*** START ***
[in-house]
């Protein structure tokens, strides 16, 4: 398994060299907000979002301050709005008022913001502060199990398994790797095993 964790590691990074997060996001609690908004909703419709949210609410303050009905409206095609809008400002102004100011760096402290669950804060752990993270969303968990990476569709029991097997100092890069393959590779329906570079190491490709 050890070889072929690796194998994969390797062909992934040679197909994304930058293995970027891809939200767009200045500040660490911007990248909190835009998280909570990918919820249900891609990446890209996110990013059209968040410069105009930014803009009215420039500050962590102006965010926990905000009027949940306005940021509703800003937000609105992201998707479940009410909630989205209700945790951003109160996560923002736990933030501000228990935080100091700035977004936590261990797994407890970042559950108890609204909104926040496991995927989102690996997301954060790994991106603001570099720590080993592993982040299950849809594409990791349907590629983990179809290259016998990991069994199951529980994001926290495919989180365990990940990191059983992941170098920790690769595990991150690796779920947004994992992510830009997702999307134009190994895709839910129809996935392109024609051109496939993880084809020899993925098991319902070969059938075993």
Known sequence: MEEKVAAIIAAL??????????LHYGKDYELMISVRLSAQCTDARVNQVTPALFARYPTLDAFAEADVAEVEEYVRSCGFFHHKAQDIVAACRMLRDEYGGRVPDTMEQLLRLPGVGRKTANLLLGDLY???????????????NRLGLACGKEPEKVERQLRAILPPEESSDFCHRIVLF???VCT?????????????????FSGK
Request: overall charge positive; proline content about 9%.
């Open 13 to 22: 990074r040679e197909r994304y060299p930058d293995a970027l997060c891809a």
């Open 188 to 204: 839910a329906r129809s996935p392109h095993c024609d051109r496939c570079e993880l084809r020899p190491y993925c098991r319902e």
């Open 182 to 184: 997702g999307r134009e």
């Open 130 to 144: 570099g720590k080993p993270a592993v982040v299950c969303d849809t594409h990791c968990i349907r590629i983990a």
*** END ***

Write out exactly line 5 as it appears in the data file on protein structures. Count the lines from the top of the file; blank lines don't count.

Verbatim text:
């Open 13 to 22: 990074r040679e197909r994304y060299p930058d293995a970027l997060c891809a």